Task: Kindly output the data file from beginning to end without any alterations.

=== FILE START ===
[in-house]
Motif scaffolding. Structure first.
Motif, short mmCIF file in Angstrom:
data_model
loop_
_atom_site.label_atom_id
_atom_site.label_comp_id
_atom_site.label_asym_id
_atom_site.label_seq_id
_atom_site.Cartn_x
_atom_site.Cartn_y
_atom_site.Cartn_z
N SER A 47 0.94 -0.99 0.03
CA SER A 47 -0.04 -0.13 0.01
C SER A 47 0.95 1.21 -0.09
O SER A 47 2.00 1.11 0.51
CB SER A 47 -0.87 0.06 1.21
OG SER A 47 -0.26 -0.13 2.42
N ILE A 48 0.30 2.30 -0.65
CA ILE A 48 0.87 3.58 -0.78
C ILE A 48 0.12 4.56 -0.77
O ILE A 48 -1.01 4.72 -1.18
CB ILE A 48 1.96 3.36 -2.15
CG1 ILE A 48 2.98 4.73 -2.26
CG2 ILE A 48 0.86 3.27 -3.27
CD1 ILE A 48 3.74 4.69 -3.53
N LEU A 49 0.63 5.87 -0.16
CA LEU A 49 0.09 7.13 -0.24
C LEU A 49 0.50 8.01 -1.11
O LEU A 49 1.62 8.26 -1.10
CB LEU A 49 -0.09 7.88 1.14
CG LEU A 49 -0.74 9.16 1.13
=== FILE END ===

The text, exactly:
[in-house]
Motif scaffolding. Structure first.
Motif, short mmCIF file in Angstrom:
data_model
loop_
_atom_site.label_atom_id
_atom_site.label_comp_id
_atom_site.label_asym_id
_atom_site.label_seq_id
_atom_site.Cartn_x
_atom_site.Cartn_y
_atom_site.Cartn_z
N SER A 47 0.94 -0.99 0.03
CA SER A 47 -0.04 -0.13 0.01
C SER A 47 0.95 1.21 -0.09
O SER A 47 2.00 1.11 0.51
CB SER A 47 -0.87 0.06 1.21
OG SER A 47 -0.26 -0.13 2.42
N ILE A 48 0.30 2.30 -0.65
CA ILE A 48 0.87 3.58 -0.78
C ILE A 48 0.12 4.56 -0.77
O ILE A 48 -1.01 4.72 -1.18
CB ILE A 48 1.96 3.36 -2.15
CG1 ILE A 48 2.98 4.73 -2.26
CG2 ILE A 48 0.86 3.27 -3.27
CD1 ILE A 48 3.74 4.69 -3.53
N LEU A 49 0.63 5.87 -0.16
CA LEU A 49 0.09 7.13 -0.24
C LEU A 49 0.50 8.01 -1.11
O LEU A 49 1.62 8.26 -1.10
CB LEU A 49 -0.09 7.88 1.14
CG LEU A 49 -0.74 9.16 1.13